In developing the Xbox One version, Wargaming was also able to enhance the Xbox 360 graphics as well. Players returning to the 360 version of the game will notice new lighting, specular maps and more when the Xbox One version is released. Longtime PC players might also benefit from the improved tank models of the second console release of World of Tanks as they make their way to the PC .

Playing the Xbox One version of World of Tanks was very much like what I was used to playing on the Xbox 360 as far as gameplay was concerned. Tanks controlled and aimed impeccably, but on Xbox One everything had that extra “oomph” that made hits so satisfying. Rumbling across an open field and blasting through enemy cover to reveal their position was punctuated by robust sound, including that definitely fulfilling “CLANG-CHUNG” made after firing, along with layered and complex explosion visuals and audio. The Xbox One version of World of Tanks is far from a simple port of its 360 counterpart, and even though you can play across both systems, you’ll realize what you’re missing the moment you boot up your old console.

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In my extensive hands-on time with World of Tanks, it’s extremely clear that it is a labor of love by the developers. They would laugh, congratulate players on good plays, trash talk, and engage in a little friendly competition. More than once I heard team members say, “It’s so nice to work with a company where I actually play the game I’m making,” and that sentiment is at the center of their work. It’s evident that the effort put into World of Tanks is devoted to make the game more fun, not only for the players, but for the developers as well.

“We’re not in this to try and nickel and dime the player every time they have a battle,” McDonald said. “We’re in this for the long haul. We want players to be around for several years.”

A lot of that care for the player comes from a group that focuses on interfacing with the World of Tanks community.

“We have a small team that just takes input from the forums and social networking,” Darold Higa, a producer for Wargaming, said. If a tank is overpowered or a bug makes it past the initial wave of testing, the team can immediately find out from the boards.

Players can also suggest features online, and Higa’s team can relay them to the development office where they decide whether or not to implement those ideas. This process has seen several key features, like state flags and several preloaded tank kits, added to the game.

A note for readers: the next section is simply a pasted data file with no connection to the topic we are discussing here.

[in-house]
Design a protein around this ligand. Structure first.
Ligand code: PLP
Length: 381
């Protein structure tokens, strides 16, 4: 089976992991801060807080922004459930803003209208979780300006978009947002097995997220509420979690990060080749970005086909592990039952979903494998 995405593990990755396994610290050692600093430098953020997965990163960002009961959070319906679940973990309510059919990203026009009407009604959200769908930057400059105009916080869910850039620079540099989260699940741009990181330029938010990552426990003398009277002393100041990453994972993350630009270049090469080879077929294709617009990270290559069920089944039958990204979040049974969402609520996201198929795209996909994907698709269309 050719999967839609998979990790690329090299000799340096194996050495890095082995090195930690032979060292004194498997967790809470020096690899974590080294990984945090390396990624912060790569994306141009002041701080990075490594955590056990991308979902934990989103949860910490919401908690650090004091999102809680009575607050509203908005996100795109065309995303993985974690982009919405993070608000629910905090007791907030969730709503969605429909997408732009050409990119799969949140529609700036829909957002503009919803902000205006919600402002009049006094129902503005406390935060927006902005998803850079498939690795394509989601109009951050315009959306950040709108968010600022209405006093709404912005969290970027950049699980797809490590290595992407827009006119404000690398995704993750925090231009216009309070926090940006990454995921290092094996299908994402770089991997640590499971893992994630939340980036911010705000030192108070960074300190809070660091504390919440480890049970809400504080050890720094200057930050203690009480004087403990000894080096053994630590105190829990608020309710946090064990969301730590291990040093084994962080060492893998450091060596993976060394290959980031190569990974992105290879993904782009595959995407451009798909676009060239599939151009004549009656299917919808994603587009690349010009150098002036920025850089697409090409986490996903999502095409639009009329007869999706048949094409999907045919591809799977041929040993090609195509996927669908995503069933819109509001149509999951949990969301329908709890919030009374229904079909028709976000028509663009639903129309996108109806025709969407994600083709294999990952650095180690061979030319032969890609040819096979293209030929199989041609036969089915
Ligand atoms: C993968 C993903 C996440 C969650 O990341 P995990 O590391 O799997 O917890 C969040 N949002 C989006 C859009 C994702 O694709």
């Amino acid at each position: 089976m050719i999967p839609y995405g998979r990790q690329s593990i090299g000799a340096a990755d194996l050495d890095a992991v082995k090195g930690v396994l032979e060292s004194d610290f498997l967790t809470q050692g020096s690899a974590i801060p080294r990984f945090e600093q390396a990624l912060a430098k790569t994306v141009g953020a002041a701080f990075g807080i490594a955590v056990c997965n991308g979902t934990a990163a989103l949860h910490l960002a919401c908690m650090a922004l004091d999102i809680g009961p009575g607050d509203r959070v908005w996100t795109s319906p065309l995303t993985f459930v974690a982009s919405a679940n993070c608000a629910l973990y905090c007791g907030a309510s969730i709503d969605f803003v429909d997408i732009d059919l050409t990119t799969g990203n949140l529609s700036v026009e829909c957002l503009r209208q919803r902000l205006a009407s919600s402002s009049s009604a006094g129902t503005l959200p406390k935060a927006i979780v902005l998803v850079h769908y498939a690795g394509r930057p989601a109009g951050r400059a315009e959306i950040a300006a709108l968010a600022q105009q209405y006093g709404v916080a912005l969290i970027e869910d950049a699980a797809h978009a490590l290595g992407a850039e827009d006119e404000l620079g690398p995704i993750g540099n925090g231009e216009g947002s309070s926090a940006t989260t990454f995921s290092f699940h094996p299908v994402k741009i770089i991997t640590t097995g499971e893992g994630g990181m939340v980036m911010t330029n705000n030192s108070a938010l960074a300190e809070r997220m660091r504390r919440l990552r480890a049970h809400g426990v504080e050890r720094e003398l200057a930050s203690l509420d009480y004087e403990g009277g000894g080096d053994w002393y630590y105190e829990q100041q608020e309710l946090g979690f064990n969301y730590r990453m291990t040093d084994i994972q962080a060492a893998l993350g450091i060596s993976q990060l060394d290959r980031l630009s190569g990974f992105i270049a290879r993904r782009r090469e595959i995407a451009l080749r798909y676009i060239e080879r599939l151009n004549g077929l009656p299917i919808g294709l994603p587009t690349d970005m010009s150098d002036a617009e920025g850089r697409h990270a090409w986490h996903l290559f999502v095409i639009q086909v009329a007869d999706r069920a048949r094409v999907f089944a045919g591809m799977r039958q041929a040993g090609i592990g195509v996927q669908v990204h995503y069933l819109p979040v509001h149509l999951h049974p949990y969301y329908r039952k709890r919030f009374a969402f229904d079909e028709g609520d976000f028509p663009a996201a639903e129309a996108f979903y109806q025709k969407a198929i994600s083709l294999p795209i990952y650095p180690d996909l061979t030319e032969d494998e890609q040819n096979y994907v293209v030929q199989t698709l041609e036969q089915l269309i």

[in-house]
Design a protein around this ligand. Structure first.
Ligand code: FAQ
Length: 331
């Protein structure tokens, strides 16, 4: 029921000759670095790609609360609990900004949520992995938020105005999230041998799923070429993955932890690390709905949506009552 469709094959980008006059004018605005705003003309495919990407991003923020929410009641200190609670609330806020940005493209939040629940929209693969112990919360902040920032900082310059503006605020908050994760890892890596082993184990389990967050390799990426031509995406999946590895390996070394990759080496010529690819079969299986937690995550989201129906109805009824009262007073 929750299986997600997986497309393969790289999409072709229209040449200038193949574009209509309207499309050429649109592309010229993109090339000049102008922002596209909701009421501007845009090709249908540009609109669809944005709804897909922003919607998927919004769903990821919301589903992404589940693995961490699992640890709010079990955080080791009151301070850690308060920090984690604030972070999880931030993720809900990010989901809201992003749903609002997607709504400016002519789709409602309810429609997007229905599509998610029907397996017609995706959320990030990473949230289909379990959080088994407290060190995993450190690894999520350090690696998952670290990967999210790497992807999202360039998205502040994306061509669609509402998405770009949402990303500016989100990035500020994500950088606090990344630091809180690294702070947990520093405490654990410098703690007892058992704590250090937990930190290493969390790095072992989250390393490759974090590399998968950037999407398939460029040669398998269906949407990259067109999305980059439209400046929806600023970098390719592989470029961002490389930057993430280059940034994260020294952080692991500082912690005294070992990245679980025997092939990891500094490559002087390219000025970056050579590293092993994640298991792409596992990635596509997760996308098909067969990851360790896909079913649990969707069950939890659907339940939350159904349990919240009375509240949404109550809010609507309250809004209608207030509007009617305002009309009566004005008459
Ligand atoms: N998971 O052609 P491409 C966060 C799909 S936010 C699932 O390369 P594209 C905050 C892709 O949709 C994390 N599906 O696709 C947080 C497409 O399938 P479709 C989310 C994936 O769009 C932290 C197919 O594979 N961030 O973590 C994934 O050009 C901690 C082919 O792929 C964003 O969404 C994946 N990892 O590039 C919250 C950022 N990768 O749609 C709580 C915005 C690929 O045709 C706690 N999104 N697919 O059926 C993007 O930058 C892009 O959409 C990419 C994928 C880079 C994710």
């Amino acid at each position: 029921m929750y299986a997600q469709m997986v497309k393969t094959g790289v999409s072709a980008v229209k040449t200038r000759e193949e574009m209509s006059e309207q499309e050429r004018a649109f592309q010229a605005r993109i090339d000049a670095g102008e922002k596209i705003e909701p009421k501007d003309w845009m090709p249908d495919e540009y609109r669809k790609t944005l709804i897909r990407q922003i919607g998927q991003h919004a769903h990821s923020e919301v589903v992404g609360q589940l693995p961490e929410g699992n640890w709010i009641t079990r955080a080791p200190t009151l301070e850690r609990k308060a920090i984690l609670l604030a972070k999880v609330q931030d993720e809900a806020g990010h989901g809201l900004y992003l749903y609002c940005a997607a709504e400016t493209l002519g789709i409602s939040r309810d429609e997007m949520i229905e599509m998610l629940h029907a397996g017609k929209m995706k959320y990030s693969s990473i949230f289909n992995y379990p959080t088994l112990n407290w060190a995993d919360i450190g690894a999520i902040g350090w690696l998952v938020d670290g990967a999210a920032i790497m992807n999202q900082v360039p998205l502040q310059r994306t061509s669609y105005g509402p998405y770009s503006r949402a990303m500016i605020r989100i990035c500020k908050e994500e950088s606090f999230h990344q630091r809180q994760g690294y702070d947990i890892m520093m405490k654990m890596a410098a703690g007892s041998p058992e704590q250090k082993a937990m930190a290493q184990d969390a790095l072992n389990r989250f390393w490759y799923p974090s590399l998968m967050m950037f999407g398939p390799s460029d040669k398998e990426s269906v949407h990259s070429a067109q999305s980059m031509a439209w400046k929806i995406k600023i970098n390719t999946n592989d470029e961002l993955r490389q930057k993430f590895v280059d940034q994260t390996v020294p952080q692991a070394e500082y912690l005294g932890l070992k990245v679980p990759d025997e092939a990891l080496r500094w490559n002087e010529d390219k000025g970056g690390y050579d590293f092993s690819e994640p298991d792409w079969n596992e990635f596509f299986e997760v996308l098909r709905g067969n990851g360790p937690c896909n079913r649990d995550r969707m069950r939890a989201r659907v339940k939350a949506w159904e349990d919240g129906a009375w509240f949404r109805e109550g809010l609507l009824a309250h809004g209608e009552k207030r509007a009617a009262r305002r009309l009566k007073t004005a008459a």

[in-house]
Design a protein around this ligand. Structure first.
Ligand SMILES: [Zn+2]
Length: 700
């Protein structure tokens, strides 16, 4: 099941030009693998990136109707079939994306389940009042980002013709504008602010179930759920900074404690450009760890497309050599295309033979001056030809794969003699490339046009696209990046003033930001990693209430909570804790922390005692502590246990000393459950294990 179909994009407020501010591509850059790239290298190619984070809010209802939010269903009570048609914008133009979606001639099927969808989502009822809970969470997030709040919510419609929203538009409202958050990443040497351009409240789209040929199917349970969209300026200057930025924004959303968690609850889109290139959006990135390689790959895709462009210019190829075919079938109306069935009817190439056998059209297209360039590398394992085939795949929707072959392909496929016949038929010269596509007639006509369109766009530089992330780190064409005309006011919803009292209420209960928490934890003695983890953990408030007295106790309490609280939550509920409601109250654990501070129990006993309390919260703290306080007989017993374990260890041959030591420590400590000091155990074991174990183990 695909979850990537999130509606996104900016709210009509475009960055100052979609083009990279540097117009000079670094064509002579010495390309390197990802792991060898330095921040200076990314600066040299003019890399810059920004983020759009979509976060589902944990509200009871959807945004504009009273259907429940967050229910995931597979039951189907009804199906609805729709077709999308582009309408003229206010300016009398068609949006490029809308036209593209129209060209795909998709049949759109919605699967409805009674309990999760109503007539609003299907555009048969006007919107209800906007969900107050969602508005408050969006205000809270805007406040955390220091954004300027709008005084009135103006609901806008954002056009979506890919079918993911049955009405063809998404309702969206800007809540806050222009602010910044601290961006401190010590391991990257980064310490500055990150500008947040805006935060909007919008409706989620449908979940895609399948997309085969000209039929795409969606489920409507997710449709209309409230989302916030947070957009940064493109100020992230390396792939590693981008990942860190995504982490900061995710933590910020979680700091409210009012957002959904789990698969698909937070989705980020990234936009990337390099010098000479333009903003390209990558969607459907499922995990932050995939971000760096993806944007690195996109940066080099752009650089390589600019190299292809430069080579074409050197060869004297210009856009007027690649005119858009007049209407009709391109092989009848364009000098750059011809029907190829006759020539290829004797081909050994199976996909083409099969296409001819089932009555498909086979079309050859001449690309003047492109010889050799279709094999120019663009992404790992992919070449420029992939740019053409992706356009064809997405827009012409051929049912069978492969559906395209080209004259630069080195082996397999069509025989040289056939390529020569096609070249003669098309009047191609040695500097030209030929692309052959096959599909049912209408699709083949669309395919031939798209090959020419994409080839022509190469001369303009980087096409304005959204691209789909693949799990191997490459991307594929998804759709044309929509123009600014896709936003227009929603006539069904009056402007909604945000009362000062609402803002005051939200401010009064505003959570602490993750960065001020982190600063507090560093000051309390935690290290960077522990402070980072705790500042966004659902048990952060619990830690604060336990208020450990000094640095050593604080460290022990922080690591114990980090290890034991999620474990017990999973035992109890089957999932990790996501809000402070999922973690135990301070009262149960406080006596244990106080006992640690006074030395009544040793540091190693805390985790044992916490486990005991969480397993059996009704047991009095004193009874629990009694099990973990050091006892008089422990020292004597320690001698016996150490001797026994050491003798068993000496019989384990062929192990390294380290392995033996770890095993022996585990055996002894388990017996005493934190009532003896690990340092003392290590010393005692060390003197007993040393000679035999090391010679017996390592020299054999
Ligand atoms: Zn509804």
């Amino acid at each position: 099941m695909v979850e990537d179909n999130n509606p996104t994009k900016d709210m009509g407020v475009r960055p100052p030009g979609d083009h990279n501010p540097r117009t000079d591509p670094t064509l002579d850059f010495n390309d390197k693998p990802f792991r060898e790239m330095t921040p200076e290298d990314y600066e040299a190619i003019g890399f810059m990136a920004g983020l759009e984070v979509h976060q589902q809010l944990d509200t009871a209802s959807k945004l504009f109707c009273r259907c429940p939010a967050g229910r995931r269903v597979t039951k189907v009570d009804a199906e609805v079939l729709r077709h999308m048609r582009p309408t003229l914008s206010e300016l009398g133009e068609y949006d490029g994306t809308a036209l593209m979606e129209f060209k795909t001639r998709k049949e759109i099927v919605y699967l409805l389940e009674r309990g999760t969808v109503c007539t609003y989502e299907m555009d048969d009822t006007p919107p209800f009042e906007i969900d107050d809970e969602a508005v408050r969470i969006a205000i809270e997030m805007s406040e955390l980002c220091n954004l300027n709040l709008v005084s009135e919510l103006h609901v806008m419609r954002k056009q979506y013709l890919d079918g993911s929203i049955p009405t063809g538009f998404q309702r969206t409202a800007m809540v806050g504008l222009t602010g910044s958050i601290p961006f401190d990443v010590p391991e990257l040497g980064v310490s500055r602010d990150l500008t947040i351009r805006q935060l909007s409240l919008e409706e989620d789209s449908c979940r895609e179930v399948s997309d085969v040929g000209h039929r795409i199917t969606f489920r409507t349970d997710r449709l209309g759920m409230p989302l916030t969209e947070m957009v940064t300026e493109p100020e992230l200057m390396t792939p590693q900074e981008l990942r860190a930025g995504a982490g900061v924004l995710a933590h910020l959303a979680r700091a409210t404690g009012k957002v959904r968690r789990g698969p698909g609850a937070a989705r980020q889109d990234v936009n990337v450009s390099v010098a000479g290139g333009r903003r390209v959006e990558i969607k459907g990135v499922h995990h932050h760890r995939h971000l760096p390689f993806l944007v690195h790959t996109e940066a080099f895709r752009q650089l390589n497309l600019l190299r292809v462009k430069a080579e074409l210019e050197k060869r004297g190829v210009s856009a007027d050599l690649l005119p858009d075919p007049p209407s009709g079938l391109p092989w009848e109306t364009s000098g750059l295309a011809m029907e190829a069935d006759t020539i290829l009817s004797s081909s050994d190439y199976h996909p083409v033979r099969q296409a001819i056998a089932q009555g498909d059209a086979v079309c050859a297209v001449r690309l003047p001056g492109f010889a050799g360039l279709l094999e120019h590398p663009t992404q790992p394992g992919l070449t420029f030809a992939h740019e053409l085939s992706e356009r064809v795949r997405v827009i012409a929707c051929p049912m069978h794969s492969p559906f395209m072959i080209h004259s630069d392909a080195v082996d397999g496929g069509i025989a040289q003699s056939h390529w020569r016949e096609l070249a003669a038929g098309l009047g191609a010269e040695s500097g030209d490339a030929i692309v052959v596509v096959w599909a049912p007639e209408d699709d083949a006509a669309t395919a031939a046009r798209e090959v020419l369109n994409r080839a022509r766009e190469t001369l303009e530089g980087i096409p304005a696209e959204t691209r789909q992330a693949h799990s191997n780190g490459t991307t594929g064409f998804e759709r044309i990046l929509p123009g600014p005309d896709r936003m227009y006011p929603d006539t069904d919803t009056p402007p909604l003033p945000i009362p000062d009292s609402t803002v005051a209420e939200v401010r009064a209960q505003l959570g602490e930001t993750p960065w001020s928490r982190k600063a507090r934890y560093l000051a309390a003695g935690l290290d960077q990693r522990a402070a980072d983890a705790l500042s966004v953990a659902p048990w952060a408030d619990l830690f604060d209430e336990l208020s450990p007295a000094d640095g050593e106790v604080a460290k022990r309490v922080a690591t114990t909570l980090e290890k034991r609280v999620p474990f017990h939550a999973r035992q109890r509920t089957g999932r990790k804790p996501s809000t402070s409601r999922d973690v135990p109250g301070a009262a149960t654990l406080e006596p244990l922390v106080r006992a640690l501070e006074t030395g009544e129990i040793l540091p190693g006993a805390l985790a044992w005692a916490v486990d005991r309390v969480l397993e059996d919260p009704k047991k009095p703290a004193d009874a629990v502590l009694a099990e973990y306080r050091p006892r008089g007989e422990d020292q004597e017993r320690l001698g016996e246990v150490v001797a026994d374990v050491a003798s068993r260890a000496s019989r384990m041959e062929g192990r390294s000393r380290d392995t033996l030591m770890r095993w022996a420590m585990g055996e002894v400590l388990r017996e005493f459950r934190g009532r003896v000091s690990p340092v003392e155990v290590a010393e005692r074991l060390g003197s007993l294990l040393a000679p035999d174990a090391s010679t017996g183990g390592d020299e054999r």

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Wargaming worked out many of the kinks, especially on the publishing side of things with Microsoft, during development for Xbox 360, which has afforded the team more time to polish the Xbox One version to a mirror sheen.

“There’s a lot of firsts that we did with Microsoft, and fortunately it’s making it easier launching this time around on Xbox One,” McDonald said. “We had to introduce stuff to Microsoft about how to support an MMO on a console.”

For example, “supertesting” is a term that the Wargaming team uses to describe the large base of dedicated World of Tanks fans on PC who test new patches before wide release, and transitioning that process to Xbox 360 was difficult.

“In the console world, usually you have an open beta weekend once before you launch the title and it never happens again, maybe it’s a month long at the most. We have a continuous beta that’s ongoing on console, and that was a brand new idea for Microsoft,” McDonald told us. “We told them we wanted to do it forever, and they thought we wanted two months. Once they understood… how important this is to our type of game… they embraced it and set up new ways to handle [World of Tanks]. We’ve helped work out their policies [for free-to-play games] and they’ve helped us get the game on their platform.”

Blam

I hesitate to even call World of Tanks on Xbox One a “port.” The word immediately conjures up images of a small, underfunded team, usually at a different studio, dragging and dropping files one by one until they’re compatible with another machine. They’re mired with the worst kinds of bugs that impede and at times even halt the player’s entertainment.

What Wargaming has brought to the Xbox One feels more like a remaster. The gameplay is almost exactly what was released over a year ago, but every bit that was lacking has been enhanced by the powerful new hardware. World of Tanks for Xbox One is the definitive version of Wargaming’s masterfully crafted MMO action title, and it’s coming to your system in Q3 2015. Time to mount up and charge the field.